• Do not disregard a puppy looking skinnier or less active than the other puppies. Just find ways of making sure that you give more care to them. You can give supplements.

Handle the puppies to socialize them. Puppies need healthy socialization to their new world, including introductions to people. Hold each puppy several times per day. Get the puppies accustomed to being touched everywhere on their bodies so that it will not seem strange when they are older.

Wait until your puppies are 8 weeks old before giving them away.  Our puppies are more that 8 weeks old now and we haven’t given them away. If you are selling or giving away the puppies, wait until they are 8 weeks old before handing them over to the new owners.

  • Puppies should be fully weaned and eating dog food on their own before they leave for a new home.
  • Starting a deworming and vaccination program is often recommended before the pup leaves.

I have said I may not be the expert for this, this I have observed from my little time with the puppies. There is a lot you can learn from just caring for this lovely creation, and with the caring, comes a lot of joy.

 

Mandhary mosque in Mombasa Old Town.

“As we journey through time remember: There are always two sides to history. The visible one – that which we see and admire, and the invisible one – that which stems our curiosity and enchantment”. 

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Mombasa Old Town is one of the historical tourist attractions on Mombasa Island. It is located on the southeast side of Mombasaa nd occupies an area of 180 acres. It is inhabited by a mix of local, Arab, Portuguese, Asian and British communities.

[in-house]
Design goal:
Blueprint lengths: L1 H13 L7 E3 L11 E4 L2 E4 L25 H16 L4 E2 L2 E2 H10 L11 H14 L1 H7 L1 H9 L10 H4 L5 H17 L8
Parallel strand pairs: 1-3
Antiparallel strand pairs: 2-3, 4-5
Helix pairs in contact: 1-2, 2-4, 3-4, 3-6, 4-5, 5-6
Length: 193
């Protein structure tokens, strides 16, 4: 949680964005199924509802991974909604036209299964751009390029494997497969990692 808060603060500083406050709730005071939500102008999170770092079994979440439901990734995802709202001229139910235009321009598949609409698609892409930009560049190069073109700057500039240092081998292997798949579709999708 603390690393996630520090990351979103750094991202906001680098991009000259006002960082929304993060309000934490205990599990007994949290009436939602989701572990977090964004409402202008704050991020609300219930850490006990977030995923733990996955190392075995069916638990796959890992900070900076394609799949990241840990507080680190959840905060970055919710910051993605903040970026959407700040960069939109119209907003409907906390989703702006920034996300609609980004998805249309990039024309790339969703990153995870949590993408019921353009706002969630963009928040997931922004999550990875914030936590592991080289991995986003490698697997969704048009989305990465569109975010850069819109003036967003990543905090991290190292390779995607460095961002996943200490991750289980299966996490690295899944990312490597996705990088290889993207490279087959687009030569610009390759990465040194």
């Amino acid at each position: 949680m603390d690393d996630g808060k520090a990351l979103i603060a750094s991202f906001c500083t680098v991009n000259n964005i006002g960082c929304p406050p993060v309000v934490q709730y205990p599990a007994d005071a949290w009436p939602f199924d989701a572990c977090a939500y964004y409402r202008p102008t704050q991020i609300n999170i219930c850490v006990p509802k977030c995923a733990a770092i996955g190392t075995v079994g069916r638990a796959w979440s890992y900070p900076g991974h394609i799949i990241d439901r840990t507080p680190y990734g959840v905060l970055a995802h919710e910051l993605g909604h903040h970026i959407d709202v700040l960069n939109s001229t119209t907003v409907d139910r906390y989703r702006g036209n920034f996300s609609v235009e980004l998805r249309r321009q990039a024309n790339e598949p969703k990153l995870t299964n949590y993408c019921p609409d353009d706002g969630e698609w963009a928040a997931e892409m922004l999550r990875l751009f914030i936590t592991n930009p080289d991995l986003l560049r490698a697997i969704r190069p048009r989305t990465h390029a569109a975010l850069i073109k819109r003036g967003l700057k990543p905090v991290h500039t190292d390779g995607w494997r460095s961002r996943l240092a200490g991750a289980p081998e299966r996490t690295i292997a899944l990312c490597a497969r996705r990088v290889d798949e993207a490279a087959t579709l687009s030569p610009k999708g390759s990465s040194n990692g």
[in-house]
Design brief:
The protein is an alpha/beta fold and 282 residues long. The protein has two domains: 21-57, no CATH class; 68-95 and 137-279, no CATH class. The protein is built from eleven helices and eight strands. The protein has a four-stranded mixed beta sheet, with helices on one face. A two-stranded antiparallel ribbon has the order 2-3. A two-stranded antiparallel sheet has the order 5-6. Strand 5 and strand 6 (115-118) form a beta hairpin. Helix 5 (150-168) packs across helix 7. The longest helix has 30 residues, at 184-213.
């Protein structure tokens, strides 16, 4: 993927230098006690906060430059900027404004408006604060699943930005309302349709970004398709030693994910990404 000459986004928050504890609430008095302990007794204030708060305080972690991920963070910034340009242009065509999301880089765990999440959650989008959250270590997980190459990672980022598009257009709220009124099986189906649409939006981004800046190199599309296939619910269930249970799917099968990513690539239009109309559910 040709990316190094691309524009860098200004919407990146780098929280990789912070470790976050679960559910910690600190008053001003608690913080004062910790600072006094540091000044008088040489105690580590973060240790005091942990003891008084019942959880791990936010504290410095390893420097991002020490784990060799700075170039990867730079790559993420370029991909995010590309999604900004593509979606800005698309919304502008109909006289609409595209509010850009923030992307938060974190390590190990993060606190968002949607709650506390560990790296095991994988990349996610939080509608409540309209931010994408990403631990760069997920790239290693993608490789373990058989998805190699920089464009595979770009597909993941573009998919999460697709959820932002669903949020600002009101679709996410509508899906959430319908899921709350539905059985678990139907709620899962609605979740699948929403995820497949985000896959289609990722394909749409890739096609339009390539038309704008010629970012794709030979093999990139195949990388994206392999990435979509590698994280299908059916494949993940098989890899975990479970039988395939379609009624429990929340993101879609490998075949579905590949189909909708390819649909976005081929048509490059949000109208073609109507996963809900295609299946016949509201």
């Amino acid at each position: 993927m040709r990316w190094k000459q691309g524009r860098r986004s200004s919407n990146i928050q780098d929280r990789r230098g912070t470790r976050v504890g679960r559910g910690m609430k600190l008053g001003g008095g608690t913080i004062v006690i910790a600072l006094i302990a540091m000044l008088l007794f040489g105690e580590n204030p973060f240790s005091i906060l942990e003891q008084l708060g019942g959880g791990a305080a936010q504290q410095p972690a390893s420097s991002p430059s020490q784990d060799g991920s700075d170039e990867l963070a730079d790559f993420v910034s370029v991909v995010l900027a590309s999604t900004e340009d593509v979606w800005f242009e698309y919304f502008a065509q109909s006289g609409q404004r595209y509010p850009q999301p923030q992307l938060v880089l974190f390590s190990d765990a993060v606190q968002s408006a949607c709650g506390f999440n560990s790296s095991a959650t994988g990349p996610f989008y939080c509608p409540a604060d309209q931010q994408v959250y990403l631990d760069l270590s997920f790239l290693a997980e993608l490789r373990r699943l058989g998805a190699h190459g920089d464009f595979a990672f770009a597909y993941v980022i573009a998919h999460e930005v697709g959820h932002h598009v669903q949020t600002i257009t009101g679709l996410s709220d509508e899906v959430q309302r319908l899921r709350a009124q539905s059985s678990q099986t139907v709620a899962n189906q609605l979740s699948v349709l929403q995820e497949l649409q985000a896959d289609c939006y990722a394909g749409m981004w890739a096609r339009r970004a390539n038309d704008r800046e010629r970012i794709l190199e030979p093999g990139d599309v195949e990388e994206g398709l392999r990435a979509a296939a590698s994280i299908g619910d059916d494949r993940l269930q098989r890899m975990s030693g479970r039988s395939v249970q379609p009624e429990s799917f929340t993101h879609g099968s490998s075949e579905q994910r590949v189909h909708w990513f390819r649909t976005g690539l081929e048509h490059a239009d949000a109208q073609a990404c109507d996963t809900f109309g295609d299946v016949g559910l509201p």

Mandhry Mosque (on of the oldest Mosque) is next to the Fort Jesus in Old Town,Not too far from Basheihk. The architecture recaptures a bygone era influenced by the African, Arabic and European cultures, from the narrow streets.

There are many curio shops that sell arts and crafts, antiques and popular Kenyan souvenirs, as you walk towards the Mosque.

Mandhry usually takes away the antiquity award from Basheihk owing to its written and dated records. The mosques does not disappoint in architecture either; the front yard takes an ornate seat-like shape regaled by calming ocean breeze.

Founded in 1570, Mandhry Mosque in the Old Town is the city’s oldest, and an excellent example of Swahili architecture, which combines the elegant flourishes of Arabic style with the comforting, geometric patterns of African design – note, for example, the gently rounded minaret. Not open to visitors.

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Butterfly Conservation at Haller Park.